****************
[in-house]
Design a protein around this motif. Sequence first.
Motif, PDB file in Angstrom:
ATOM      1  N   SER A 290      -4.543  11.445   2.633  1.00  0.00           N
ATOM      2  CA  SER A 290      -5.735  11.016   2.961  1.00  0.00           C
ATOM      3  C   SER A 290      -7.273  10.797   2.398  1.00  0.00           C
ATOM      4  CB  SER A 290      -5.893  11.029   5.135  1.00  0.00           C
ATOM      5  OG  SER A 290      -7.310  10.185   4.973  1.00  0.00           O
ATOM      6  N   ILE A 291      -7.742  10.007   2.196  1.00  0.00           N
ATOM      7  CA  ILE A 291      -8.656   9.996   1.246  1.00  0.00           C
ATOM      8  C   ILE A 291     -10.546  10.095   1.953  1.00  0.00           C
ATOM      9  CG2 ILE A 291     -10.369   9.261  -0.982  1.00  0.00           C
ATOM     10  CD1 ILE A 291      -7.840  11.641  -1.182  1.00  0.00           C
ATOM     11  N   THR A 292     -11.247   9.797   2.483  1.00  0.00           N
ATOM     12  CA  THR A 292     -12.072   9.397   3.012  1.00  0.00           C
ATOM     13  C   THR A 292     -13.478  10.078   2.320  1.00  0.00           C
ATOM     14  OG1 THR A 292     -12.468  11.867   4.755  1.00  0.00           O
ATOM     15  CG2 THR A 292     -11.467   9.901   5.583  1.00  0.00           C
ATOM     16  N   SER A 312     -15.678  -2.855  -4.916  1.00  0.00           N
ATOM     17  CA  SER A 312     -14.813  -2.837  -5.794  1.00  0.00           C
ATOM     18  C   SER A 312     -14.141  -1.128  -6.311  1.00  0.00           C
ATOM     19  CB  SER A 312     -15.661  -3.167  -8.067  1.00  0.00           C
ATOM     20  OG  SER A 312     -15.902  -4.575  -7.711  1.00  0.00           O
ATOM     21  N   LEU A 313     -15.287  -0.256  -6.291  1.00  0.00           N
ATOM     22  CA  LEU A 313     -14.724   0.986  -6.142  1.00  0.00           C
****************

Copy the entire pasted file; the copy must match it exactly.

[in-house]
Design a protein around this motif. Sequence first.
Motif, PDB file in Angstrom:
ATOM      1  N   SER A 290      -4.543  11.445   2.633  1.00  0.00           N
ATOM      2  CA  SER A 290      -5.735  11.016   2.961  1.00  0.00           C
ATOM      3  C   SER A 290      -7.273  10.797   2.398  1.00  0.00           C
ATOM      4  CB  SER A 290      -5.893  11.029   5.135  1.00  0.00           C
ATOM      5  OG  SER A 290      -7.310  10.185   4.973  1.00  0.00           O
ATOM      6  N   ILE A 291      -7.742  10.007   2.196  1.00  0.00           N
ATOM      7  CA  ILE A 291      -8.656   9.996   1.246  1.00  0.00           C
ATOM      8  C   ILE A 291     -10.546  10.095   1.953  1.00  0.00           C
ATOM      9  CG2 ILE A 291     -10.369   9.261  -0.982  1.00  0.00           C
ATOM     10  CD1 ILE A 291      -7.840  11.641  -1.182  1.00  0.00           C
ATOM     11  N   THR A 292     -11.247   9.797   2.483  1.00  0.00           N
ATOM     12  CA  THR A 292     -12.072   9.397   3.012  1.00  0.00           C
ATOM     13  C   THR A 292     -13.478  10.078   2.320  1.00  0.00           C
ATOM     14  OG1 THR A 292     -12.468  11.867   4.755  1.00  0.00           O
ATOM     15  CG2 THR A 292     -11.467   9.901   5.583  1.00  0.00           C
ATOM     16  N   SER A 312     -15.678  -2.855  -4.916  1.00  0.00           N
ATOM     17  CA  SER A 312     -14.813  -2.837  -5.794  1.00  0.00           C
ATOM     18  C   SER A 312     -14.141  -1.128  -6.311  1.00  0.00           C
ATOM     19  CB  SER A 312     -15.661  -3.167  -8.067  1.00  0.00           C
ATOM     20  OG  SER A 312     -15.902  -4.575  -7.711  1.00  0.00           O
ATOM     21  N   LEU A 313     -15.287  -0.256  -6.291  1.00  0.00           N
ATOM     22  CA  LEU A 313     -14.724   0.986  -6.142  1.00  0.00           C